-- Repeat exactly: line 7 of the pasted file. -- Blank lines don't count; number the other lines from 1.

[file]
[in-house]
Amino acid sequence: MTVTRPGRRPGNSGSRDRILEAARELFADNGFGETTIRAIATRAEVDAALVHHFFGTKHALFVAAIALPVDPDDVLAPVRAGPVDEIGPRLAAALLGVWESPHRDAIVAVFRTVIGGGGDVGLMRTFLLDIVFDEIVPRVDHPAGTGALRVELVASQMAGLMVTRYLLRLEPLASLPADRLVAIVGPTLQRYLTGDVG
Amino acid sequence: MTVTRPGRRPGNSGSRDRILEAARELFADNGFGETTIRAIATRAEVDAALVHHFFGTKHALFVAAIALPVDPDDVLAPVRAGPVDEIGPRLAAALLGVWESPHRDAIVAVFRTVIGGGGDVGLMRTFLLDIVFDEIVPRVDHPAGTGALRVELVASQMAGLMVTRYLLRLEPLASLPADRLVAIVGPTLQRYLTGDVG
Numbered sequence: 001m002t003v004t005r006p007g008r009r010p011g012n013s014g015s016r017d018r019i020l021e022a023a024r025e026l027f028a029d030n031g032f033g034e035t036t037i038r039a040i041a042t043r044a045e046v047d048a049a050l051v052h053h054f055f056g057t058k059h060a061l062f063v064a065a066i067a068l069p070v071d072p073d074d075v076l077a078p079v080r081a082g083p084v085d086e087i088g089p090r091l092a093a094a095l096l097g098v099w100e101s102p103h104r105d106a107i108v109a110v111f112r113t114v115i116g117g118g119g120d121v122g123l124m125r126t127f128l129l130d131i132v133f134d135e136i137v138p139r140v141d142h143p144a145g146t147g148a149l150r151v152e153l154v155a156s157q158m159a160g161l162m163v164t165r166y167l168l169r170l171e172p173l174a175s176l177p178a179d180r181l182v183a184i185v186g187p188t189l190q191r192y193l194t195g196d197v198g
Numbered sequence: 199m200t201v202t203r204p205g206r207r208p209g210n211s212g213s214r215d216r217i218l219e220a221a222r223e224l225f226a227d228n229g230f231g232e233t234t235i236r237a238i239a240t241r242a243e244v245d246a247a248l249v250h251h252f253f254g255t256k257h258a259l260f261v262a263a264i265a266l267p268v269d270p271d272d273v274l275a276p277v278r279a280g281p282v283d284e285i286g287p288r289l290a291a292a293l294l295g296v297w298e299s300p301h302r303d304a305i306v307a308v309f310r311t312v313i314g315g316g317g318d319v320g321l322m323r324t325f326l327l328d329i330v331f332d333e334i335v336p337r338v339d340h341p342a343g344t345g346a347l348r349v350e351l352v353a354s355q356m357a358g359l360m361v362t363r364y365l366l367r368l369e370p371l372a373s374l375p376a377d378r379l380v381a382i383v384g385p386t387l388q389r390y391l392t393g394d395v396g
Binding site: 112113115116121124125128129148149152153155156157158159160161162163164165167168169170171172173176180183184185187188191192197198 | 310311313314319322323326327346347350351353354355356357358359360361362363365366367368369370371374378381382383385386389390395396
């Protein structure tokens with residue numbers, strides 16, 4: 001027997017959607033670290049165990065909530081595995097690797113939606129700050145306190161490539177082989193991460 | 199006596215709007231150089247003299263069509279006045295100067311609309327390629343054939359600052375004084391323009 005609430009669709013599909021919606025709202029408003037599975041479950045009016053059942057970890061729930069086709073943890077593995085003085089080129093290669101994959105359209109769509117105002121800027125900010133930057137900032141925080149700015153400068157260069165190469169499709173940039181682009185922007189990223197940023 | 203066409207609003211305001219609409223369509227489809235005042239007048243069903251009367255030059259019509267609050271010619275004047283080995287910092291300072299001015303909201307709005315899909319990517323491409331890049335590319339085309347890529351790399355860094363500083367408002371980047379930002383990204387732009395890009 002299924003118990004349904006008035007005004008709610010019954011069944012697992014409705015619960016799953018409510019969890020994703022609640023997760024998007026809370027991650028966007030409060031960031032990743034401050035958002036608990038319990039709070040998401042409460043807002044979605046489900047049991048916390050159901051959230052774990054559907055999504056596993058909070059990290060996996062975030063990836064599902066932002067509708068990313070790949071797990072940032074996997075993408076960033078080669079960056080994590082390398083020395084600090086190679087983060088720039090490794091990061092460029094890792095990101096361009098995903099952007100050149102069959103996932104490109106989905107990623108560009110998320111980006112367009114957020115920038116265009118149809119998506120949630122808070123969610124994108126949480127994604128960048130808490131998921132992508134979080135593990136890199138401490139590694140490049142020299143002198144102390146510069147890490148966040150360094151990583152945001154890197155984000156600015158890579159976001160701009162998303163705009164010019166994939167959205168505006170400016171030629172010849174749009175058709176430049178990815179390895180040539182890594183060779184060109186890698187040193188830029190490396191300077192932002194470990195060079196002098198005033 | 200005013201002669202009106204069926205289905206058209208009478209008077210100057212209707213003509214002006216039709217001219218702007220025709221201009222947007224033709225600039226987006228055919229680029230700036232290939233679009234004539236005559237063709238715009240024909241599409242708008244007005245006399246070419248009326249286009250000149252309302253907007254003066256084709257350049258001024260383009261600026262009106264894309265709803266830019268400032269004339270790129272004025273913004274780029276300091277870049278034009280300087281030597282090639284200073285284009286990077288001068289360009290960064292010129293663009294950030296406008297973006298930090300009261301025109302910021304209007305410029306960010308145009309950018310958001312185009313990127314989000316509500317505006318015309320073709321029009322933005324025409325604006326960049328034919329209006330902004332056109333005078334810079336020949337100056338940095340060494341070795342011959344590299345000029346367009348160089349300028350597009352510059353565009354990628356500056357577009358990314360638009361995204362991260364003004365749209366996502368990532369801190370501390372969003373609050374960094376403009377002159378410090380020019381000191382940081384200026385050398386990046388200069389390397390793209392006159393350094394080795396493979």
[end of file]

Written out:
């Protein structure tokens with residue numbers, strides 16, 4: 001027997017959607033670290049165990065909530081595995097690797113939606129700050145306190161490539177082989193991460 | 199006596215709007231150089247003299263069509279006045295100067311609309327390629343054939359600052375004084391323009 005609430009669709013599909021919606025709202029408003037599975041479950045009016053059942057970890061729930069086709073943890077593995085003085089080129093290669101994959105359209109769509117105002121800027125900010133930057137900032141925080149700015153400068157260069165190469169499709173940039181682009185922007189990223197940023 | 203066409207609003211305001219609409223369509227489809235005042239007048243069903251009367255030059259019509267609050271010619275004047283080995287910092291300072299001015303909201307709005315899909319990517323491409331890049335590319339085309347890529351790399355860094363500083367408002371980047379930002383990204387732009395890009 002299924003118990004349904006008035007005004008709610010019954011069944012697992014409705015619960016799953018409510019969890020994703022609640023997760024998007026809370027991650028966007030409060031960031032990743034401050035958002036608990038319990039709070040998401042409460043807002044979605046489900047049991048916390050159901051959230052774990054559907055999504056596993058909070059990290060996996062975030063990836064599902066932002067509708068990313070790949071797990072940032074996997075993408076960033078080669079960056080994590082390398083020395084600090086190679087983060088720039090490794091990061092460029094890792095990101096361009098995903099952007100050149102069959103996932104490109106989905107990623108560009110998320111980006112367009114957020115920038116265009118149809119998506120949630122808070123969610124994108126949480127994604128960048130808490131998921132992508134979080135593990136890199138401490139590694140490049142020299143002198144102390146510069147890490148966040150360094151990583152945001154890197155984000156600015158890579159976001160701009162998303163705009164010019166994939167959205168505006170400016171030629172010849174749009175058709176430049178990815179390895180040539182890594183060779184060109186890698187040193188830029190490396191300077192932002194470990195060079196002098198005033 | 200005013201002669202009106204069926205289905206058209208009478209008077210100057212209707213003509214002006216039709217001219218702007220025709221201009222947007224033709225600039226987006228055919229680029230700036232290939233679009234004539236005559237063709238715009240024909241599409242708008244007005245006399246070419248009326249286009250000149252309302253907007254003066256084709257350049258001024260383009261600026262009106264894309265709803266830019268400032269004339270790129272004025273913004274780029276300091277870049278034009280300087281030597282090639284200073285284009286990077288001068289360009290960064292010129293663009294950030296406008297973006298930090300009261301025109302910021304209007305410029306960010308145009309950018310958001312185009313990127314989000316509500317505006318015309320073709321029009322933005324025409325604006326960049328034919329209006330902004332056109333005078334810079336020949337100056338940095340060494341070795342011959344590299345000029346367009348160089349300028350597009352510059353565009354990628356500056357577009358990314360638009361995204362991260364003004365749209366996502368990532369801190370501390372969003373609050374960094376403009377002159378410090380020019381000191382940081384200026385050398386990046388200069389390397390793209392006159393350094394080795396493979």